I’ve been learning a lot about poetry lately, specifically how to use imagery to your advantage so the reader gets a clear and fascinating picture in their head.
How to Use Imagery in Your Writing
Using imagery is something that I’ve struggled with and even now have to be extra conscientious of as I write. However, I feel like I have started to get the hang of it. Here are the three tips that most stood out in my mind.
1. Expand and specify
When you say, “She went to her room and sat on her bed,” don’t stop there. This is your chance to give us a glimpse into her life, her surroundings. What is her bed like? Is it queen-sized with a bedspread that doesn’t have a single wrinkle in it? A twin bed with faded sheets that are riddled with holes? With a couple well-chosen details, you can say so much about your character and your story.
2. Be weird
Don’t be afraid to get a little out there with your descriptions, especially when it comes to similes and metaphors. Sometimes the strangest comparisons are the ones that work the best. Clichés are tired, predictable, and boring. Instead of describing the snow like, “glittering stars falling from the heavens,” compare it to, “ash drifting to the earth, burning cold.” You can be dark, gross, optimistic, or anything else you want to be. Just get creative.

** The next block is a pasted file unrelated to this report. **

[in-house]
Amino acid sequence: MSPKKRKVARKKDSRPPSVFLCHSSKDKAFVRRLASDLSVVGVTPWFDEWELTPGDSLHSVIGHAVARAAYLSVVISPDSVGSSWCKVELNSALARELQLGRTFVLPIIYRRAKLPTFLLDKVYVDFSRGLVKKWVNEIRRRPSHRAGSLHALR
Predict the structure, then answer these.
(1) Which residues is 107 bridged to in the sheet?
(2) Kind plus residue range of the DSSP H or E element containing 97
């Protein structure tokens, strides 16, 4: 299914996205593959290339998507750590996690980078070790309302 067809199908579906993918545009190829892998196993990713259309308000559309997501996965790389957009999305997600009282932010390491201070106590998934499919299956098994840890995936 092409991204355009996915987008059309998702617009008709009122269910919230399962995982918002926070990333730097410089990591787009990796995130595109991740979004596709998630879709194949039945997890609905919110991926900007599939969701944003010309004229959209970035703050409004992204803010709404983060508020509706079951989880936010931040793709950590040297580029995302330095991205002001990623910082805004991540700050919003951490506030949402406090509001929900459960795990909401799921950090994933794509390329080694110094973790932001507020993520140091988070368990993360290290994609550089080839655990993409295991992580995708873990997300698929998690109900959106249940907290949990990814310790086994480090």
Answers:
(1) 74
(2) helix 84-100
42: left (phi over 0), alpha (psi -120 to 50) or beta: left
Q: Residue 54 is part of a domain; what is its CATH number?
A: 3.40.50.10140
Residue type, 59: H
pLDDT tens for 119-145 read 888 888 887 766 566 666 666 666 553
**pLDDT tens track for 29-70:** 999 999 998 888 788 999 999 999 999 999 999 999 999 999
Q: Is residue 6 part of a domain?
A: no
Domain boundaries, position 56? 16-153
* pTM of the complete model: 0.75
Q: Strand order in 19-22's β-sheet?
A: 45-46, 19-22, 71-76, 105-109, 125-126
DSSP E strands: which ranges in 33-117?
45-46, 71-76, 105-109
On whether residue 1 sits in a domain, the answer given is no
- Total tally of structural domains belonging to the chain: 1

3. Use the five senses
This is one of the tried and true methods, of course, but it’s a good reminder. Don’t leave smell and taste out of your passages, the often forgotten senses in writing. But be careful not to make it a checklist situation, either. You don’t need every sense in every description, especially not all in a row where it’ll be painfully obvious what you’re trying to do. Pick one or two that make the imagery unique and exciting.
How do you keep imagery fresh in your writing? Let us know in the comments.
Keep these three tips in mind as you write for fifteen minutes about your character trying a new restaurant. Focus on the imagery and really put us into the story. When you’re done, if you’d like to, share your practice in the comments. Don’t forget to give your fellow writers some love, too!